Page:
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5 Ways You Can Be a Better Manager – It’s All About Personality

By Melissa J. Anderson

Recent studies show that employee engagement is way down, and that many employees are looking for new opportunities – or they intend to, as soon as the economy picks up steam. But don’t worry! A number of studies have also revealed what these employees are looking for, and what can motivate them to stick around – good management. This means a manager with high EQ, who understands personal motivations, and who is looking out for their employees best interests and development.

Working now to improve your relationships with your employees, as well as providing tailored learning and development opportunities for them, can help stem future job losses – as well as build a more productive and motivated team today.

According to Bob Kreisberg, Founder, President, and CEO of OPUS Productivity, the best way to strengthen workplace relationships is to delve into your employees’ personality profile. According to Kreisberg, “If you understand the strengths of that person, you will understand what motivates them.” Here’s how.

1. Know Thyself. The first step, explained Kreisberg, is to understand your own strengths. He said, “Knowing your strengths allows you to position yourself spending the majority of your time doing the things you enjoy – and it also allows you to recognize weaknesses and take action with adaptive behavior.” Get yourself situated before tackling your employees’ strengths and weaknesses.

Kreisberg’s firm, which has been providing behavioral consulting for 21 years, deploys a 10 minute personality quiz designed to reveal your personality profile – showing your strengths and weaknesses in seven key factors: Dominance, Extroversion, Pace/Patience, Conformity, Energy Level, Energy Style, and Fact/Feeling orientation. After the online assessment, the company provides a one-on-one consulting session to discuss the results, point out strengths, and identify challenges.

“Everybody has a strength,” he said. “There isn’t anybody who isn’t good at something.”

2. Know Their Strengths and Motivations. Next, you should get a good feel for what drives your team members. Kreisberg said, “You need to understand that strengths and motivations are tied.”

He continued, “We’ve all heard of the golden rule – I like to think about the platinum rule. Treat other people the way they want to be treated.”

Kreisberg also pointed out that an effective team needs to have a mixture of personality traits, so what motivates one individual won’t necessarily motivate the next – and that’s a good thing. He explained, “When we can recognize that our team is made up of a group of different behavioral strengths, when everybody looks different, we have a far stronger team.”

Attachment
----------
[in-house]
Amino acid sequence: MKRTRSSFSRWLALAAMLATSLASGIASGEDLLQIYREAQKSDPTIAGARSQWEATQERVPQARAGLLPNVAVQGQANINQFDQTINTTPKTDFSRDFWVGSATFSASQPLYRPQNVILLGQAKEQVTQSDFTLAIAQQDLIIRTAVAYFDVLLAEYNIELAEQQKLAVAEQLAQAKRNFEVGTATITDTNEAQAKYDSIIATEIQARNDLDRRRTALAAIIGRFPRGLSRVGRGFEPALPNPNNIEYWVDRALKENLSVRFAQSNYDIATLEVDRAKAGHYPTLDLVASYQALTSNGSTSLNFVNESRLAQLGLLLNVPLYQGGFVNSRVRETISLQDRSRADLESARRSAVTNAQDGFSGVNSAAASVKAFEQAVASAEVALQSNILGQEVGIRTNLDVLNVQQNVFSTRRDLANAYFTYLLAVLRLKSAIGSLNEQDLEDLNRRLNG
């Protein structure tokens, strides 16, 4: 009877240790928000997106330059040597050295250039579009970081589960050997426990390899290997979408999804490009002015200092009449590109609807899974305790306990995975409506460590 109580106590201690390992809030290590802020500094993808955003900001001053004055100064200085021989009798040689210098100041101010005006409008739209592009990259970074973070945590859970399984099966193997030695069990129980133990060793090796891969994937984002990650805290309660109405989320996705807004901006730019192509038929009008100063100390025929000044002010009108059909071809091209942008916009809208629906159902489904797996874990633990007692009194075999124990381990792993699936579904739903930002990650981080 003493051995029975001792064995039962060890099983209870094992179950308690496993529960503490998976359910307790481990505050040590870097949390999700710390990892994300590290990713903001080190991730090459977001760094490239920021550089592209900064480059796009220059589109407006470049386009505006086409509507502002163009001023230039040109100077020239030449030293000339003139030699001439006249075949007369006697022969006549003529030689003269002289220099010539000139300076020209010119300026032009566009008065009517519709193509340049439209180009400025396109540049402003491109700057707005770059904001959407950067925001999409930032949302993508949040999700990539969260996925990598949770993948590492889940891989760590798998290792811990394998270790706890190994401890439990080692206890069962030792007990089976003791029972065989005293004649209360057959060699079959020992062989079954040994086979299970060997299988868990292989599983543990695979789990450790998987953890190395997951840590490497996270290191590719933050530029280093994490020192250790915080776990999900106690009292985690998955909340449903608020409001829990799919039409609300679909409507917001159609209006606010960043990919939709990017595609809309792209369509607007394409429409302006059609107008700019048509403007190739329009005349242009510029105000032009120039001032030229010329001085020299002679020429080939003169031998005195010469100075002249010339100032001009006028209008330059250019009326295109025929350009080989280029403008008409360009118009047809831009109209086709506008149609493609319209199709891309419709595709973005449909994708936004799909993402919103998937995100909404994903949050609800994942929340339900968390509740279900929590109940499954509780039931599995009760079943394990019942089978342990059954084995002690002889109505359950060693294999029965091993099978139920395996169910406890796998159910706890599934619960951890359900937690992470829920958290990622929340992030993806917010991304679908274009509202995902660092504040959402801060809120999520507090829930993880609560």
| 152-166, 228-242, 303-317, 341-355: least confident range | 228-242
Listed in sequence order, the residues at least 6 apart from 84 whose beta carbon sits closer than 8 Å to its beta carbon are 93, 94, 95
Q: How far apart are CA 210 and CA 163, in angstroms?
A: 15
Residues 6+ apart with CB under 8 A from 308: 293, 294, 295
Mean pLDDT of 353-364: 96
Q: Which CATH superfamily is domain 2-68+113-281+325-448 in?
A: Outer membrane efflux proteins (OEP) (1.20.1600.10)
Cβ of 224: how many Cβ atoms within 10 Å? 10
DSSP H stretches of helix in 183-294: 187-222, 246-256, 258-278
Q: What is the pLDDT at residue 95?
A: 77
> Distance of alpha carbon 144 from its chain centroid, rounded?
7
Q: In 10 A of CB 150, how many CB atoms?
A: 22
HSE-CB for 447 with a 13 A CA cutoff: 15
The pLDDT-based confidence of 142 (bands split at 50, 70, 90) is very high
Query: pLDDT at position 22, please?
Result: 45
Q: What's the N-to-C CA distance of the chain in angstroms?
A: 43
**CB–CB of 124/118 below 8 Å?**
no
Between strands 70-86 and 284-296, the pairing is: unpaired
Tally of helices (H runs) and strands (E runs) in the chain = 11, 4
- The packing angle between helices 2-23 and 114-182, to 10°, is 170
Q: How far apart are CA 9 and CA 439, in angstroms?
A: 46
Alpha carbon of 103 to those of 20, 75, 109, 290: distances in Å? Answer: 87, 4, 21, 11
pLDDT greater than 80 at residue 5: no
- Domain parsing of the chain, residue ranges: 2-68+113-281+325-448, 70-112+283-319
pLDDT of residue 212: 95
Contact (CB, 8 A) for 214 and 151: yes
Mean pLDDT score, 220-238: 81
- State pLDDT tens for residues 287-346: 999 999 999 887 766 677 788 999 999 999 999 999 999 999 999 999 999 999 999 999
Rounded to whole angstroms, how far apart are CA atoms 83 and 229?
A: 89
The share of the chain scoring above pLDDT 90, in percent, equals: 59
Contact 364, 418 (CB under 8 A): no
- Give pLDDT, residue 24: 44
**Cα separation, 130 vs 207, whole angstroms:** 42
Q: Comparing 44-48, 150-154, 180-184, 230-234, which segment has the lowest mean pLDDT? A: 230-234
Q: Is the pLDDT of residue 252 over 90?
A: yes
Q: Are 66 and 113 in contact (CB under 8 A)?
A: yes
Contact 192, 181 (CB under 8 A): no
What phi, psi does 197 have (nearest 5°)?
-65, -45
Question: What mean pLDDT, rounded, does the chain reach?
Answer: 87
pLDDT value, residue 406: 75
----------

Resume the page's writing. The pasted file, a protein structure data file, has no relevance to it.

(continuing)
3. Recognize Challenges. But not everyone is good at everything – and managers should identify their team members’ weaknesses, as well. He explained, “If you are the proverbial square peg in the round hole, you’re going to get calluses on your corners. It is painful.”

Knowing when one of your team members has become that square peg can help head off negative behaviors and attitudes at work, and allow you to work with them to overcome these weaknesses. “When you understand an employee’s motivators and demotivators, you can have a positive discussion about what actions can be taken.”

4. Devise Workaround Strategies. Kreisberg said, “Understanding these weaknesses can help identify challenges and plan adaptive behavior.”

He continued, “Sometimes just a modest shift can make a big difference in an employee’s relationship with their manager. A one-on-one conversation about how to best provide them with guidance and coaching can make a world of difference. That type of communication can make a huge difference with getting things better aligned.”

“When you can anticipate challenges and coach in advance, you can head problems off at the pass.”

5. Plot Out Future Steps. Finally, once you understand you employees’ strengths, you can help manage their career growth within your own set of employment needs and motivations.

“It’s human nature for us to spend a lot more time lamenting about what we don’t do well. That’s why it’s important to know our strengths,” Kreisberg explained. “If we can tangibly identify those strengths, we can help employees plan and work their career to take better advantage of what they naturally do best.”

Since providing opportunities for advancement has been identified as key staff retention drivers, spending time with employees and focusing on their career development can help you retain your top performing individuals. Knowing their strengths and motivations can enable you to provide meaningful coaching and advice, not only hanging onto star performers, but also motivating them to reach even higher.

Bob Kreisberg, President and CEO of OPUS Productivity, has invited readers of Evolved Employer to email him at bob@opusproductivity.com to receive a free copy of the company’s “Handy Guide to Personality Profiles,” which details how different major personality types work together.

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